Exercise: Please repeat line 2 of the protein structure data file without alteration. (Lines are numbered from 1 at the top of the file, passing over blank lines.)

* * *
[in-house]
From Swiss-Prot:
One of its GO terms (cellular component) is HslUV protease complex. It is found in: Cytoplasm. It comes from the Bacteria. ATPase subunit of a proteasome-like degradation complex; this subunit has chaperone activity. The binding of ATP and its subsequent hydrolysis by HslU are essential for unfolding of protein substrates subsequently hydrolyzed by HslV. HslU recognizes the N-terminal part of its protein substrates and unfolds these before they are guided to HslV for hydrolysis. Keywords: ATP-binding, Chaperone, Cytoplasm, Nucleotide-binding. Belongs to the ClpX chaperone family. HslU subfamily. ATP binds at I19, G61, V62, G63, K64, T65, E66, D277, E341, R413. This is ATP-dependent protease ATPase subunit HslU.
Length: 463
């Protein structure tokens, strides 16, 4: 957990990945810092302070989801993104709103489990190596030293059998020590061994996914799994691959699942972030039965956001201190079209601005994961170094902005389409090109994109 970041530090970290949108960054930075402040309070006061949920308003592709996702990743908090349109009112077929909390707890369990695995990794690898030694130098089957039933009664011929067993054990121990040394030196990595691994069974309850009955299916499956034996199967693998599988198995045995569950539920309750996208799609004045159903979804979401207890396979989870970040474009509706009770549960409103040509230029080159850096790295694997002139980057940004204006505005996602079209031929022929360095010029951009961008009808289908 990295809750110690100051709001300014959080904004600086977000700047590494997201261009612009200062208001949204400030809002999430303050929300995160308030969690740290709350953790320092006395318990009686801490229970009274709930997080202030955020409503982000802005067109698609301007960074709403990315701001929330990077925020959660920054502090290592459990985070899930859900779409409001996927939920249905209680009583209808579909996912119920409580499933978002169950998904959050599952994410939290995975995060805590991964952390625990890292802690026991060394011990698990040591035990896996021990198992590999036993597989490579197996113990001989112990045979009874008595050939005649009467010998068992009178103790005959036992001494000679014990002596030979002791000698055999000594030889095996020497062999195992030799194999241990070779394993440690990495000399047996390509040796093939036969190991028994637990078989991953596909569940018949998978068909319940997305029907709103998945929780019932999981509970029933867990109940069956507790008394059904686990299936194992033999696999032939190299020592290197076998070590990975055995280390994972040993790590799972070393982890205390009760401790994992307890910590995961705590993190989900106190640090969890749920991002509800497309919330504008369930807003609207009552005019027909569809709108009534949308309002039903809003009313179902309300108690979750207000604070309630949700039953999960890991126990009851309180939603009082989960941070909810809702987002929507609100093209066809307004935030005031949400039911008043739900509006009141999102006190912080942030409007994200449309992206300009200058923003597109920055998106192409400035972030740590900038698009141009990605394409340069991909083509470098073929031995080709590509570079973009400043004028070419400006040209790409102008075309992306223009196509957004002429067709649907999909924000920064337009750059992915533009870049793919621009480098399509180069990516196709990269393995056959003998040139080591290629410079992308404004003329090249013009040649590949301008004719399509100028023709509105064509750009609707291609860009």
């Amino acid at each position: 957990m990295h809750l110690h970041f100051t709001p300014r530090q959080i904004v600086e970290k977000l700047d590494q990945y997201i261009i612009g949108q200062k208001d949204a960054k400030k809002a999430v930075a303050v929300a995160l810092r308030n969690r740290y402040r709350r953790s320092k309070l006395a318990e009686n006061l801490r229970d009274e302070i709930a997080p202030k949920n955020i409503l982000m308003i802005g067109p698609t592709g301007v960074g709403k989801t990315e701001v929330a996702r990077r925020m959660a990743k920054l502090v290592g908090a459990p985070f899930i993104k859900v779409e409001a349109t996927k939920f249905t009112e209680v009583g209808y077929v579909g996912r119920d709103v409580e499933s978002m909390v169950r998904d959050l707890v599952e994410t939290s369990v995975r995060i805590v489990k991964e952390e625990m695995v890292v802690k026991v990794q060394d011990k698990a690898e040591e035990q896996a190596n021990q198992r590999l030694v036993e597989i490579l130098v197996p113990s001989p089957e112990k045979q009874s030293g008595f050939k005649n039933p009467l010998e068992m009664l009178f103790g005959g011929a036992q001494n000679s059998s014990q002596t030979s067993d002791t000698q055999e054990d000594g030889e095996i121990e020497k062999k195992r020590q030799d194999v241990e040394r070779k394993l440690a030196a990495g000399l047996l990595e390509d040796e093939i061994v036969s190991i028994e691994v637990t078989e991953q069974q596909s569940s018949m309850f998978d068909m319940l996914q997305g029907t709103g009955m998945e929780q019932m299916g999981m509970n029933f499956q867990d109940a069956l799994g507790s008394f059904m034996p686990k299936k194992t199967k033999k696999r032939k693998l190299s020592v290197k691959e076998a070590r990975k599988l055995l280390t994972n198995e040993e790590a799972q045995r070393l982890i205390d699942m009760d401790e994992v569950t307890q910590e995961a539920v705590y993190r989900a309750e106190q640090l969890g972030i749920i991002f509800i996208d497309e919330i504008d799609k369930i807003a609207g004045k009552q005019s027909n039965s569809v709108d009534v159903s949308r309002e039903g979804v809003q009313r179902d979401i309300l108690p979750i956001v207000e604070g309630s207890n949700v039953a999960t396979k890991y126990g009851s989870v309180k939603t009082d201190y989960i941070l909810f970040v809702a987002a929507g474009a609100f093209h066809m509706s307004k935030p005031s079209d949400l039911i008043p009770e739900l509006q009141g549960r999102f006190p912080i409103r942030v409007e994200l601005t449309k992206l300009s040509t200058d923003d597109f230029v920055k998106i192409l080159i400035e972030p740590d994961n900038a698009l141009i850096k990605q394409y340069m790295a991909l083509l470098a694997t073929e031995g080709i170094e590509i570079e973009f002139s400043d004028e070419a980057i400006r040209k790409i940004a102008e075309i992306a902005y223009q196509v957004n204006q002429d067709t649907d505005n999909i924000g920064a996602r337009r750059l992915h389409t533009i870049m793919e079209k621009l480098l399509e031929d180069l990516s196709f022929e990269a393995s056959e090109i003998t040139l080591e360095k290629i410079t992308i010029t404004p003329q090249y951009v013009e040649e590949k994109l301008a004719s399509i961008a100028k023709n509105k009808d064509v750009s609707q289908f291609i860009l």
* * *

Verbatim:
From Swiss-Prot: